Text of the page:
HomeReviewsThe Gangs, the Oscars, and the Walking Dead (Taiwan, 2019) [NYAFF 2020]
The Gangs, the Oscars, and the Walking Dead (Taiwan, 2019) [NYAFF 2020]
28 August, 2020
Feature films are hard to make. Sometimes, true artists sacrifice their health and sanity to see their dreams come alive on the big screen, and sometimes, like in Pin-Chuan Kao’s The Gangs, the Oscars, and the Walking Dead, they make catastrophic deals with the mob that are sure to blow up in their faces. Pin-Chuan Kao’s latest comedy is as gonzo as the title suggest, though perhaps not as original. A mishmash of familiar tropes, The Gangs, the Oscars, and the Walking Dead fails to leave an impression beyond its interesting premise.
Since they were young boys, BS (Roy Chiu) and his brother, Wenxi (Di-Yang Huang), have wanted to be filmmakers. BS is the ever-resourceful producer, while Wenxi supplies the directing talent. Despite their hard work and ample talent (well, ample in their eyes anyway), they have failed to secure finances for their grand zombie movie, which according to Wenxi is guaranteed to win an Oscar. Through their shady connections, the duo meets a local crime boss, Brother Long (Shao-hua Lung), who offers to finance their film upon two conditions: that they film part of it in Japan, and that the boss’ girlfriend, Shanny (Yi Yi Tao), be cast in the lead role.
Despite Wenxi’s objections, the project goes ahead, but things get out of hand before the filming has even started. Shanny dies in a horrible accident at a party (an act that may or may not be Wenxi’s fault), leaving the fraternal filmmakers at the mercy the temperamental crime boss. The two brothers are way in over their heads, and must spend the rest of the film trying to hide Shanny’s death from Brother Long. What ensues is a borderline surreal comedy whose content and style quite literally spiral out of control. The first thing that stands out in The Gangs, the Oscars, and the Walking Dead is its flamboyant and excessive style, which pretty much dominates every other aspect of the film. The vibrant and colourful set design is enhanced by the frantic camerawork which never seems to stop moving, strangely reminiscent of a 90s music video. It’s good looking, albeit dizzying at times, but feels empty in the face of the rather subpar plot and characters. The plot is essentially a string of increasingly implausible set pieces loosely glued together and capped by a predictable and almost throwaway “Oceans 11” inspired ending. The two main characters’ passion for film-making is somewhat redeeming, but that too is eventually reduced into a stereotype.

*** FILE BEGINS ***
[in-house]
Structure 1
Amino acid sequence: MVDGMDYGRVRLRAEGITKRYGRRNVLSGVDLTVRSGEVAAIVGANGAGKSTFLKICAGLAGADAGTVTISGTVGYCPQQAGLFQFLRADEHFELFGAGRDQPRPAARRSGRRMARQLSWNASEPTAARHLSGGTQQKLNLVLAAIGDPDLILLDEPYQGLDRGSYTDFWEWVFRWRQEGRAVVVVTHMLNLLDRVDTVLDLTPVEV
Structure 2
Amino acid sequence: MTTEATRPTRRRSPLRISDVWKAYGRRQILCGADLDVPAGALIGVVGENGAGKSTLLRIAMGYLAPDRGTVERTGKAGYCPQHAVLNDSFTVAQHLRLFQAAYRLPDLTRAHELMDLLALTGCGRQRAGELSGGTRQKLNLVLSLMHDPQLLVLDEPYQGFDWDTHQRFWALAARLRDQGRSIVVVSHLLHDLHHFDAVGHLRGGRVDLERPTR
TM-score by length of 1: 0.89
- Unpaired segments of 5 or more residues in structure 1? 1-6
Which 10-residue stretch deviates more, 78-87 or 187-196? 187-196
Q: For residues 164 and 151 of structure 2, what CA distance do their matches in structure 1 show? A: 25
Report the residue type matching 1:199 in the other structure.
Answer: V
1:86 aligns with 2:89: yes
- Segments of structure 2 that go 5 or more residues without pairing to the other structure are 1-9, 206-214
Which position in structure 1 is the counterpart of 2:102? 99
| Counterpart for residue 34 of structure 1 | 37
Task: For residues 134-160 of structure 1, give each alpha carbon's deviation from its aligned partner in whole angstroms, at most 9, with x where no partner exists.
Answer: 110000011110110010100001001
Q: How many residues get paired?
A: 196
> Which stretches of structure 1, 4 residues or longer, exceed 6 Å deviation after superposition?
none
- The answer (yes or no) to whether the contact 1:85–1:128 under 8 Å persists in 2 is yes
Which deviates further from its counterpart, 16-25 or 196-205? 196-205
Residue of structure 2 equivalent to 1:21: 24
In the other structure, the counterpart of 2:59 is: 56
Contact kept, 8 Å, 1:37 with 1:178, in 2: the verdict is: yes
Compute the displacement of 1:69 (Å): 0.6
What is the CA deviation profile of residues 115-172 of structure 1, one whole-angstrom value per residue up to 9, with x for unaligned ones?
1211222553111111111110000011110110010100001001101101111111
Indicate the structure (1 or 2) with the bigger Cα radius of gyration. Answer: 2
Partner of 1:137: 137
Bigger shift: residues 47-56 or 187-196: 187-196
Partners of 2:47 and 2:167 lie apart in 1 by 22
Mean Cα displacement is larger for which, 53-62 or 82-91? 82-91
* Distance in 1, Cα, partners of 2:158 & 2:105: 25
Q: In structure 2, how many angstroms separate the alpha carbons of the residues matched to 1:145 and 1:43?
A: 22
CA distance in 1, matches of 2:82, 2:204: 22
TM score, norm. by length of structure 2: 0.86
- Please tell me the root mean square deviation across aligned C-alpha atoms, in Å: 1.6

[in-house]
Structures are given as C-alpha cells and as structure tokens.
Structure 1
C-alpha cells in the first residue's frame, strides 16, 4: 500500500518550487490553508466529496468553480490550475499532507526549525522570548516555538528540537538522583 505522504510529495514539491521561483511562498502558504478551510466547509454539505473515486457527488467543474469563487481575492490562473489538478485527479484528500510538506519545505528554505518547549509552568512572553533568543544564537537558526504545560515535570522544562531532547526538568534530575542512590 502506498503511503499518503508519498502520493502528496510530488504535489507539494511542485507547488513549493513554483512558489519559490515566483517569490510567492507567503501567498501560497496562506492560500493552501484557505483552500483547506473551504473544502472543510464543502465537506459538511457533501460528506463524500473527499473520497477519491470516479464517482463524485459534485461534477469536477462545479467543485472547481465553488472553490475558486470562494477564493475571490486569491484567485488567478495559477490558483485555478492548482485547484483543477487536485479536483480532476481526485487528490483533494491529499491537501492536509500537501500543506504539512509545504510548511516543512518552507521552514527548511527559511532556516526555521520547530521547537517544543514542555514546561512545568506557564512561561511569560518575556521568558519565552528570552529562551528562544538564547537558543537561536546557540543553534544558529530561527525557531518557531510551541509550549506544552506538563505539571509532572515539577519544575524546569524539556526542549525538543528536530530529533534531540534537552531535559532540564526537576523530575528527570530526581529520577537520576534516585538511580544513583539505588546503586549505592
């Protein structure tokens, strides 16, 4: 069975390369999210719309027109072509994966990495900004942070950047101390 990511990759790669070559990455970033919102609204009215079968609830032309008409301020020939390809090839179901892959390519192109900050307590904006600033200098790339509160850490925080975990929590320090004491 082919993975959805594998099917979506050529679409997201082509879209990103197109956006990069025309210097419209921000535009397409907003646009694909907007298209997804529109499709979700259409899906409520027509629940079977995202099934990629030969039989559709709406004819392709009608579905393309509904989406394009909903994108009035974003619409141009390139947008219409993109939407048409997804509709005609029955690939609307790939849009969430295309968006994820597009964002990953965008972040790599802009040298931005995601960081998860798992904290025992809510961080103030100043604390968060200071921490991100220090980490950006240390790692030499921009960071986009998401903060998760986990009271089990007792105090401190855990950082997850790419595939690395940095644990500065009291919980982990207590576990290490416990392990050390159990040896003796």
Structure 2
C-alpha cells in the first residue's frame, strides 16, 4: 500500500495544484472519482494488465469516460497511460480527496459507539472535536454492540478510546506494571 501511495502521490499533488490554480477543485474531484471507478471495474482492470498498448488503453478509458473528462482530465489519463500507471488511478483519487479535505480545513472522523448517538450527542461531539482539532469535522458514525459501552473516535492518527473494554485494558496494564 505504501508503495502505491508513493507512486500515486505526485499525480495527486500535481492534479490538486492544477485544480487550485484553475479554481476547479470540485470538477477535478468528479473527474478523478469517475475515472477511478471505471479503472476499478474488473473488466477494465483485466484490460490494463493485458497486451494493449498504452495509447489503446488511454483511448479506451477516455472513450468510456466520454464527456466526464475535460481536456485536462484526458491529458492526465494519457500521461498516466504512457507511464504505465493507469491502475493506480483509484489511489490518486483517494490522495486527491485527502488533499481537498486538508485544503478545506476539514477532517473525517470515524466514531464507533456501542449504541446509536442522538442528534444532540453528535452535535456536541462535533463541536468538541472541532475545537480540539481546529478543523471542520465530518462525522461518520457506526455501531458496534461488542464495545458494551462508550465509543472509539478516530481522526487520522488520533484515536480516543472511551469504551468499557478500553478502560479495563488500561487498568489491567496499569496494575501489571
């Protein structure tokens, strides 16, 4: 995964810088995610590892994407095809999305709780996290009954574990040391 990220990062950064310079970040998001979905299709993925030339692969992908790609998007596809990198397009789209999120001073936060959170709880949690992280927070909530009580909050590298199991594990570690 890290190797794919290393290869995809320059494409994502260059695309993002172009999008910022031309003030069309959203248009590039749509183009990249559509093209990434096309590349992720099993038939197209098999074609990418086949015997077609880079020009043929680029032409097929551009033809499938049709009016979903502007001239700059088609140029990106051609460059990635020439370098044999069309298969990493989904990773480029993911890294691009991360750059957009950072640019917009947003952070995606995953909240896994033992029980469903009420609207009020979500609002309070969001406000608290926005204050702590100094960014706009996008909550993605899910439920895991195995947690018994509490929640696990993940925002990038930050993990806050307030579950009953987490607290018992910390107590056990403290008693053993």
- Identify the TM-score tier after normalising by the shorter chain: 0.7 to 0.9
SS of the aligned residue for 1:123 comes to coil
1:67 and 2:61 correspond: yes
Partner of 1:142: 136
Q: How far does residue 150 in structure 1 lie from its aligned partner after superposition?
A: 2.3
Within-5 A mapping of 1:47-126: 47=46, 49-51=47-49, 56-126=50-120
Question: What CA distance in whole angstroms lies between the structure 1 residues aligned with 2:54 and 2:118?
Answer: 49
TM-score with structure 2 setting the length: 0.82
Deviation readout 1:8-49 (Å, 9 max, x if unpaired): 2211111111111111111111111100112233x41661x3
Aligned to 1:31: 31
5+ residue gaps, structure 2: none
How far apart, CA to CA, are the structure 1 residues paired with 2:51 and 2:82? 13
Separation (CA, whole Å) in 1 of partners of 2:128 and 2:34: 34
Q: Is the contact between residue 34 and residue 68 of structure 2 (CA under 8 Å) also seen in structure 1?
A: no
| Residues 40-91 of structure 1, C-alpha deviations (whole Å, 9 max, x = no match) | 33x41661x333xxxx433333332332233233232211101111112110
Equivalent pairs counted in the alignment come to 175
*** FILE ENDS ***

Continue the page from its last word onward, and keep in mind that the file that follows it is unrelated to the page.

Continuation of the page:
The humour – which could have been the film’s saving grace – also falls flat, mainly because the characters and their actions are, for the most part, too unbelievable to make them matter. For instance, the team’s effort to hide Shanny’s dead body in the first half of the film are so outrageously ridiculous that any sort of immersion into the story becomes impossible. Often the rules of comedy demand that everything that can go wrong, must go wrong. In Pin-Chuan Kao’s film, however, there are endless moments where things should go wrong, but don’t. The characters are way too lucky, and the plot moves through obstacles like a bowling ball down an unimpeded track. Good comedy comes from character, but good characters have a hard time standing out when all plausibility is thrown out the window.
Ultimately, The Gang, the Oscars, and the Walking Dead is a slick, good looking, and stylish film, but has no real substance to speak of. It’s comedy of errors where the errors don’t seem to have the impact that they should.
The Gang, the Oscars, and the Walking Dead is streaming as part of the New York Asian Film Festival which runs from August 28 to September 12.
John Atom is two things: a molecular physicist by day and a devout cinephile by night. His love for Asian cinema started way back in high school when one rainy night he decided to pick up a rather peculiar-looking DVD of a movie called Oldboy... and he was hooked! Since then, he’s watched just about every Asian film he could get his hands on, and plans to continue doing so. More recently he’s developed a new interest in science fiction, particularly in the interdependence of science and SF, and how one may influence the other.